Baltimore rescuers lose hope for more survivors from bridge collapse

BALTIMORE — The Coast Guard said rescuers have lost hope of finding more survivors from the Baltimore bridge collapse, as efforts shifted Wednesday to recovering bodies and seeking answers to why a container ship struck the span.

Divers were expected to return near dawn to the waters around the bridge’s twisted ruins in Baltimore Harbor to search for six workers missing and presumed dead.

The disaster has led to the indefinite closure of the Port of Baltimore, a major hub on the U.S. Eastern Seaboard, disrupting traffic in Baltimore and the surrounding areas.

The search for the missing workers was suspended Tuesday evening, 18 hours after they were thrown from the fallen Francis Scott Key Bridge into the cold waters at the mouth of the Patapsco River, as the likelihood of finding them alive diminished.

“We do not believe that we’re going to find any of these individuals alive,” Coast Guard Rear Adm. Shannon Gilreath said during a briefing.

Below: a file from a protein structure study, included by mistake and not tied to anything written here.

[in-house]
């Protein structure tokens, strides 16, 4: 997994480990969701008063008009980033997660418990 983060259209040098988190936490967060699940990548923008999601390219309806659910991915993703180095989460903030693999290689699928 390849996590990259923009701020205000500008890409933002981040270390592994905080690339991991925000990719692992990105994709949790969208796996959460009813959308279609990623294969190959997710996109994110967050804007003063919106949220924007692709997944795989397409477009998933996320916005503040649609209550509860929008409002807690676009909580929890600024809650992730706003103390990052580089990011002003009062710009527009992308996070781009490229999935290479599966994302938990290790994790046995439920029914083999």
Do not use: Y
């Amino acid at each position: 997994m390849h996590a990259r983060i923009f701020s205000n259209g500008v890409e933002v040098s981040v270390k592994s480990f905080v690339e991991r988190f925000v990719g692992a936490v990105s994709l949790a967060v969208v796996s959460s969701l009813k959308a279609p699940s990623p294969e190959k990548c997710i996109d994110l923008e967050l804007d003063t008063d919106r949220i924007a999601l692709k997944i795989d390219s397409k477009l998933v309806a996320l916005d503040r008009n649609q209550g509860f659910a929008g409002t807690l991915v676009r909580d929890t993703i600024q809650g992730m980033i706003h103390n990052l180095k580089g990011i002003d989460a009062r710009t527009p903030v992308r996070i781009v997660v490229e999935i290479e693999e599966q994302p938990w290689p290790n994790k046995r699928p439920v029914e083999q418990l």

Maryland State Police and U.S. Coast Guard officials cited diminished visibility and increasingly dangerous currents in the wreckage-filled channel as reasons for halting the river search overnight.

Starting at 6 a.m. Wednesday, “we’re hoping to put divers in the water and begin a more detailed search to do our very best to recover those six missing people,” State Police Col. Roland Butler told reporters late Tuesday.

Two other workers were rescued from the water Tuesday, with one hospitalized. The six presumed dead included workers from Mexico, Guatemala, and El Salvador, according to the Mexican Consulate in Washington.

Officials reported that all eight were part of a crew repairing potholes on the Key Bridge’s road surface when the Singapore-flagged container vessel Dali, departing Baltimore for Sri Lanka, struck a support pylon of the bridge around 1:30 a.m. Wednesday.